Another week, another five-year low for Rite Aid (NYSE:RAD) investors. Shares of the meandering drugstore operator plummeted another 10% last week, but the entire hit came during first two trading days of last week. Rite Aid has closed at exactly $1.15 for four consecutive trading days. It’s a coincidence, sure, but also a sign of potential stability.
The slide at Rite Aid came to at least a temporary pause early last week after the chain announced the ratification of a three-year deal with the United Food and Commercial Workers union. The pact covers 5,900 associates across 357 stores in Southern California. The new contract keeps the union workers’ healthcare plan in place, a major pressure point in the negotiations. The union is also conceding workplace efficiency measures that will help Rite Aid deliver the agreement’s wage increases. The resolution is a pretty big deal. The union had called for a boycott on Rite Aid early last month.
Fixing a broken clock
The rough week didn’t wrap up harmoniously on all union fronts. The International Brotherhood of Teamsters were calling for Rite Aid shareholders to take a stand on upcoming “Say on Pay” proposals late last week, rejecting executive payouts resulting from the two failed buyout attempts. The Teamsters union has a large stake in Rite Aid through its member pension and benefit funds, giving it a vocal platform to voice its displeasure in the drugstore operator’s CEO grabbing a $3 million bonus when the Albertsons deal fell apart this summer.
It bears pointing out that it’s not exactly Rite Aid executives and its board to blame for either deal falling apart. Antitrust regulators clamped down on the initial buyout, forcing Rite Aid into settling for selling only a chunk of its stores in a $4.375 billion asset sale. The Albertsons deal came undone as several institutional and retail investors made it clear that they would be voting against the corporate combination with the supermarket giant.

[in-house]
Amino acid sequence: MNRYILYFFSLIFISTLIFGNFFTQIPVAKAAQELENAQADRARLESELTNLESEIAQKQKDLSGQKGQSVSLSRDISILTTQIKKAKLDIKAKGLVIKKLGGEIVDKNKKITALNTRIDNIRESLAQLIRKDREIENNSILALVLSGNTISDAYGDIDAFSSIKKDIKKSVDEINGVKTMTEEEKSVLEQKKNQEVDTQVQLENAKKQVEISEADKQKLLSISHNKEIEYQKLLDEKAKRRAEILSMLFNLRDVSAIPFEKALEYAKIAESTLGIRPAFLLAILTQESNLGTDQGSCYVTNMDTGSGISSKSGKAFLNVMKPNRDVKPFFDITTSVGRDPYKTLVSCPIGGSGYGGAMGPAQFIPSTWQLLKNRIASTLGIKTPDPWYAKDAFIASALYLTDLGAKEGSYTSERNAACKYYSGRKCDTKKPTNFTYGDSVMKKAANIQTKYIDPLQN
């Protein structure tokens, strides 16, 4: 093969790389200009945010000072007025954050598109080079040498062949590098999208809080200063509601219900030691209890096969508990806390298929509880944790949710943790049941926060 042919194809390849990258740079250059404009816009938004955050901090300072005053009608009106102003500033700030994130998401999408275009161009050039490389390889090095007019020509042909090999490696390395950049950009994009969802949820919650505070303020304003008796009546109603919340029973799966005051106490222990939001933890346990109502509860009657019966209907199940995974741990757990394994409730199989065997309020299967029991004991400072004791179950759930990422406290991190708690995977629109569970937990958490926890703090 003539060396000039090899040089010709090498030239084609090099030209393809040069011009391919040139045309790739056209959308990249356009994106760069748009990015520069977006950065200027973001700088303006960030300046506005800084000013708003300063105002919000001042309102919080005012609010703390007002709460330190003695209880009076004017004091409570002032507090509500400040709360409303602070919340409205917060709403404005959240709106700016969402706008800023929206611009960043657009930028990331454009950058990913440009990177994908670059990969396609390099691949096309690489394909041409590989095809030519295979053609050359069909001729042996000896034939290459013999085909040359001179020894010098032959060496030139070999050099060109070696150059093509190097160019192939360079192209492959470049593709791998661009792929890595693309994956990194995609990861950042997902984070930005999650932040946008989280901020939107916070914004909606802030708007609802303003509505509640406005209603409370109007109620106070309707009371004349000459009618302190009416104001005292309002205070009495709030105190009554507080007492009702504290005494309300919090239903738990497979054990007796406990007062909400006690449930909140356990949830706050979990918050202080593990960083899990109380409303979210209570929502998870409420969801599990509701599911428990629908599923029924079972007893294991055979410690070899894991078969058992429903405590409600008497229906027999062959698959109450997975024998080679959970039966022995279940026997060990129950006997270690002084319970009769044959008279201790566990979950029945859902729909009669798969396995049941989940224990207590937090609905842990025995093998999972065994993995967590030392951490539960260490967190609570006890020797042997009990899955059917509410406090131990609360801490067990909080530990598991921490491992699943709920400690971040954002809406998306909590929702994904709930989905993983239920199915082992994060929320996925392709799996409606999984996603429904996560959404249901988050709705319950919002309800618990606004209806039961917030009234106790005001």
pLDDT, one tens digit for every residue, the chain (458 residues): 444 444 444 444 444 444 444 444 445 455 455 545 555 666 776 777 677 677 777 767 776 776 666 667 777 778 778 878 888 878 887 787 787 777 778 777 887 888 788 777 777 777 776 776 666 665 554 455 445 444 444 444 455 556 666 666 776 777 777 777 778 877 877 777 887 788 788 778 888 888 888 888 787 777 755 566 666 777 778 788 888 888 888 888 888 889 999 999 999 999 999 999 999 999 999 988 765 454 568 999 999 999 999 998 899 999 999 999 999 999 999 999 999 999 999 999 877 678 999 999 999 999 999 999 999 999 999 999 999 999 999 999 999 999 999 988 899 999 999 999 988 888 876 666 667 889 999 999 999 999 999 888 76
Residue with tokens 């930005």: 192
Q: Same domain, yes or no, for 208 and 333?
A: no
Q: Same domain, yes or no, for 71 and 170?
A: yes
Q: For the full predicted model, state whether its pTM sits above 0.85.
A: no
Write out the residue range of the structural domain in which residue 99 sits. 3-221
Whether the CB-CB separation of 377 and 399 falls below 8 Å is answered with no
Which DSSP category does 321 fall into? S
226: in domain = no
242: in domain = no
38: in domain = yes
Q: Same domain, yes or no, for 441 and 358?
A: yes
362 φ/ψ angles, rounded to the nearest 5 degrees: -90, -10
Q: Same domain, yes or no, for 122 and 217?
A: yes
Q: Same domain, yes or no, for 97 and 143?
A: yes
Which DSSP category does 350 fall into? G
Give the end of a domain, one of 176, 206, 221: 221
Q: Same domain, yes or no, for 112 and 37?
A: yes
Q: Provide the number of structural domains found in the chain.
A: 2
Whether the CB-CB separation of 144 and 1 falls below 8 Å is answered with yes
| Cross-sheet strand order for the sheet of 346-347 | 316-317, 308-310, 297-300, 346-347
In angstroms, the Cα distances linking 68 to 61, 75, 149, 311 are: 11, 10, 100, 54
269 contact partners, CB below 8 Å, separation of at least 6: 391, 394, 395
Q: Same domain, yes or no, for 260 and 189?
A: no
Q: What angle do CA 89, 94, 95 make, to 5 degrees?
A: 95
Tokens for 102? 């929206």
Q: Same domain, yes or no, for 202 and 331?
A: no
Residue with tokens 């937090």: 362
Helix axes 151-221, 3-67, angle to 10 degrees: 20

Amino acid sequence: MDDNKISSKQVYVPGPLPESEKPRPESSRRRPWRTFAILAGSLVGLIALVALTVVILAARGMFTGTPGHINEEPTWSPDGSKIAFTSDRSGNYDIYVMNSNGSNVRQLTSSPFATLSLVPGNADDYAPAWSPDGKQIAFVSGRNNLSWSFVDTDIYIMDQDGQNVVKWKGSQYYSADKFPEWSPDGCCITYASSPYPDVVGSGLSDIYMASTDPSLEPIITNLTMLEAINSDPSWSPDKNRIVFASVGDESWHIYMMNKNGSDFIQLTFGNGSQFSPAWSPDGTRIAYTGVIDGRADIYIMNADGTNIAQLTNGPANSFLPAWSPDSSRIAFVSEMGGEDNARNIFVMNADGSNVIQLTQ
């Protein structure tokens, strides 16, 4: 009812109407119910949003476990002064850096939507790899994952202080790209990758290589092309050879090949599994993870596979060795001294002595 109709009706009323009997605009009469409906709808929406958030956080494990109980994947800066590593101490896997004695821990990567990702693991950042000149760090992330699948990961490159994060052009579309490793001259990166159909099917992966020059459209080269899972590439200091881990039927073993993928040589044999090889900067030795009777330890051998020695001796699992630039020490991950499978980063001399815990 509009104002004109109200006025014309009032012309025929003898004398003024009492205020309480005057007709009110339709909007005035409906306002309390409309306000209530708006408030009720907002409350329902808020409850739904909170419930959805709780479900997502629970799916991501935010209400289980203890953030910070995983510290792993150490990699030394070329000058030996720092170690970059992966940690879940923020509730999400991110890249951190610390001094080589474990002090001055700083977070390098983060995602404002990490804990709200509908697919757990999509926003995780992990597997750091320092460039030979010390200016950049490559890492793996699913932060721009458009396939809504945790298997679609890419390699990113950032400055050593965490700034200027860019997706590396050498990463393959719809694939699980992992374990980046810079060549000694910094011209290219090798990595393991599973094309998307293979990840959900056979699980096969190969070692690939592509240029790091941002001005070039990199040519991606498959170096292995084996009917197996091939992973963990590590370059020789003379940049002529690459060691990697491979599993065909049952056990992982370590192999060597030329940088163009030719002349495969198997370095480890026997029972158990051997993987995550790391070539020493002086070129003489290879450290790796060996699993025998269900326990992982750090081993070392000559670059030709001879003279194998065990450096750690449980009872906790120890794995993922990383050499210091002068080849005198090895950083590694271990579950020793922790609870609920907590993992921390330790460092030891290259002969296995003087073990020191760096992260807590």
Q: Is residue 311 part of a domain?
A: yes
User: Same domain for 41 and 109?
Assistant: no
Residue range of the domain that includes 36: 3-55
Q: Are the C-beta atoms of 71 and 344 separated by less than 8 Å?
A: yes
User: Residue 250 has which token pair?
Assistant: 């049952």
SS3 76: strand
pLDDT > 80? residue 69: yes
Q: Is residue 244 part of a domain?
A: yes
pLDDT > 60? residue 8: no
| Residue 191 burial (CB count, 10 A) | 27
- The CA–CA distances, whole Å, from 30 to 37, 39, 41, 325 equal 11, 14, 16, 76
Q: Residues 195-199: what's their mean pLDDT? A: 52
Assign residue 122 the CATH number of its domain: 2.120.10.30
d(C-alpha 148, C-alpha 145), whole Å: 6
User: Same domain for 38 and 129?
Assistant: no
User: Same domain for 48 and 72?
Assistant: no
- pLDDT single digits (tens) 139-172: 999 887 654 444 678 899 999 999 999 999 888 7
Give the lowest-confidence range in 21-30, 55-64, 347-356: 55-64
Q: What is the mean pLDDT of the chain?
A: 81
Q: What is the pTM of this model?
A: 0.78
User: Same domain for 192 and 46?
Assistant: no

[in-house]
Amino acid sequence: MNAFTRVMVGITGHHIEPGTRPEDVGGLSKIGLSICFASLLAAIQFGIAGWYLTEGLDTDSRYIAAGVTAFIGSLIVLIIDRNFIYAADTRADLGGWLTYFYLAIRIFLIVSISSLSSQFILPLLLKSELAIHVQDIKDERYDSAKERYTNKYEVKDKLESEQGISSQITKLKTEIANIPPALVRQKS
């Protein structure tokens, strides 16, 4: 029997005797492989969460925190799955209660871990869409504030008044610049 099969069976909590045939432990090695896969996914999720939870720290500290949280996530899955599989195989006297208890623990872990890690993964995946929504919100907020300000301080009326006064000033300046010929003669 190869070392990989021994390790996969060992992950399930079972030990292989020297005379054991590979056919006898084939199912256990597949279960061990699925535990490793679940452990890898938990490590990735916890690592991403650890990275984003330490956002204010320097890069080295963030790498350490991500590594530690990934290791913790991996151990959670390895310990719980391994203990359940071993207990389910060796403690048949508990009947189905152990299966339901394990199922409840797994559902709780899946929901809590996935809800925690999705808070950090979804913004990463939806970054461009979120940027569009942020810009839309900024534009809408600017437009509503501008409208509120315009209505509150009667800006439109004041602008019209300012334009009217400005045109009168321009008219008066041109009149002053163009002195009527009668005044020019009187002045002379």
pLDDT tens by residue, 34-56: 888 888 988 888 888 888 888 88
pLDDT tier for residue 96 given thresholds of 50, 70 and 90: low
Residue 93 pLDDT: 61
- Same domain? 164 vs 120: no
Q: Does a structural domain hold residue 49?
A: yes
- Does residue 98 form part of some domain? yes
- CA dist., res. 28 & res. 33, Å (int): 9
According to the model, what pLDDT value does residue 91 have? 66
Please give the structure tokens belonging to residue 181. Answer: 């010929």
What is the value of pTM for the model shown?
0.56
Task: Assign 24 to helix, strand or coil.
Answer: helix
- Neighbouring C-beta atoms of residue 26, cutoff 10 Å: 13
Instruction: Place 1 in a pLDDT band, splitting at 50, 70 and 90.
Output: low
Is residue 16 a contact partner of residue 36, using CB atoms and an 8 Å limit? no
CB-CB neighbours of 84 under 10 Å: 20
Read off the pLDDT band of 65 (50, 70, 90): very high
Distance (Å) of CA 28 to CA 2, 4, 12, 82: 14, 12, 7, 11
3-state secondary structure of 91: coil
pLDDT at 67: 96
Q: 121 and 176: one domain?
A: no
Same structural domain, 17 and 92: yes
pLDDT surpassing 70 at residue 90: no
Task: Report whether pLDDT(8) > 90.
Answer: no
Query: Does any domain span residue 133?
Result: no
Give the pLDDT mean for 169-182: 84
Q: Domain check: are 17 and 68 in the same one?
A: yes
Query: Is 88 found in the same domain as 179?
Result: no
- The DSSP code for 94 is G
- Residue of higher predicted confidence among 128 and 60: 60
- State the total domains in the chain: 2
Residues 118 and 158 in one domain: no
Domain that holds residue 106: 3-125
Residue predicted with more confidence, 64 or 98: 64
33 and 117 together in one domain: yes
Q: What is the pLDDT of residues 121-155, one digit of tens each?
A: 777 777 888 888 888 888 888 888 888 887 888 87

Rite Aid shares have fallen by nearly 40% since the Albertsons deal unbuckled two months ago. It’s fair to say that Rite Aid stock would be trading well above current prices if the deal had gone through, but there’s no joy in getting the last laugh when all shareholders are feeling the pinch
It’s not easy being a drugstore operator these days. Volume is moving away from the traditional pharmacy chains, online threats are emerging, and challenging reimbursement rates have been eating at the industry’s margins. The good news for Rite Aid investors with the shares at five-year lows is that things are getting better. Analysts see Rite Aid returning to positive earnings next year. Organic growth is gradually recovering. The stock seems to have found a bottom around here, and now it’s up to Rite Aid to claw its way back out.